Discover Drops Signature Requirement at Checkout

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Credit card company Discover is the latest to announce that it will not require customers to provide a signature at the point of sale for debit and credit card transactions, beginning April 2018.

This change comes as part of the financial industry’s growing efforts to improve the payment experience to provide convenience and efficiency to both consumers and merchants.

Vice President of Global Products Innovation at Discover, Jasma Ghai, said in a press release that Discover aims to “(provide) customers and merchants with a smooth and more secure payments experience. With the rise in new payment security capabilities, like chip technology and tokenization, the time is right to remove this step from the checkout experience.”

Recent technology and security features in the payments industry have prompted this change, namely EMV chip cards and the Freeze It tool from Discover that allows cardholders to “freeze” their card account if it is lost or misplaced. These solutions ensure that customers’ security and personal data will not be compromised.

The removal of a required signature from customers will likely come as welcome news to Discover’s customers. It has become increasingly rare for customers to include their actual signature when signing for a transaction, and the process itself provides very little security (far less security than other measures taken by credit card companies, merchants, and consumers).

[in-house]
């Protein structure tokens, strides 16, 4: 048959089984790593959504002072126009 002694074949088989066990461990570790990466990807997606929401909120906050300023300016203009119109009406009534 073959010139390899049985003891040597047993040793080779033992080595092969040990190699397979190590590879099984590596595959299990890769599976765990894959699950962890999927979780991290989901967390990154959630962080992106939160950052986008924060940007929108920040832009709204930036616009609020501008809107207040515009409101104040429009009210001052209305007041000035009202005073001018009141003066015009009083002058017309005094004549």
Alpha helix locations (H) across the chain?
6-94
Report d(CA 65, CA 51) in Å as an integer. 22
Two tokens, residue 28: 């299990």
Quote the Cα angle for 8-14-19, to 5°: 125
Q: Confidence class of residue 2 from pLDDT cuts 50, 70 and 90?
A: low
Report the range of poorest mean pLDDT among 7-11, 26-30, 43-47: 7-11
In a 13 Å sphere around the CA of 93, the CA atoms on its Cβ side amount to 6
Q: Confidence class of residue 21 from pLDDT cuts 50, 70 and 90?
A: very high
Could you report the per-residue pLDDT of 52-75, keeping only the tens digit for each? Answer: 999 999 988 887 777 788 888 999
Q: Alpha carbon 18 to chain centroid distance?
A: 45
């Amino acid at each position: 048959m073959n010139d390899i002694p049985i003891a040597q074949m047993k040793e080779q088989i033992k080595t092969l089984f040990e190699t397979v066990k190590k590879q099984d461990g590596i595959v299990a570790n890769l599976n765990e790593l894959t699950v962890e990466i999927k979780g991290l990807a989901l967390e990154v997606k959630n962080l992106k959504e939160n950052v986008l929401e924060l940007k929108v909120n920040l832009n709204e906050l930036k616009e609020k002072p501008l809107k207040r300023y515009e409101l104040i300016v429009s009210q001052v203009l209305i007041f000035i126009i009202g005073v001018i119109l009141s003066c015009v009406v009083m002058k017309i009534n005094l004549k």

These changes may impact merchants, as well. For business owners who wish to offer their customers this service, an update to their POS systems may be required. Considering how long it took retailers to overhaul their POS systems when EMV chip cards became the norm, it’s not likely that signatures a going to be a thing of the past anytime soon. Overall, however, this move by Discover is positive and will result in faster checkout speeds when merchants accept credit cards.

In a similar move, MasterCard also announced this year that their cardholders would no longer be required to sign for purchases made with credit or debit cards.

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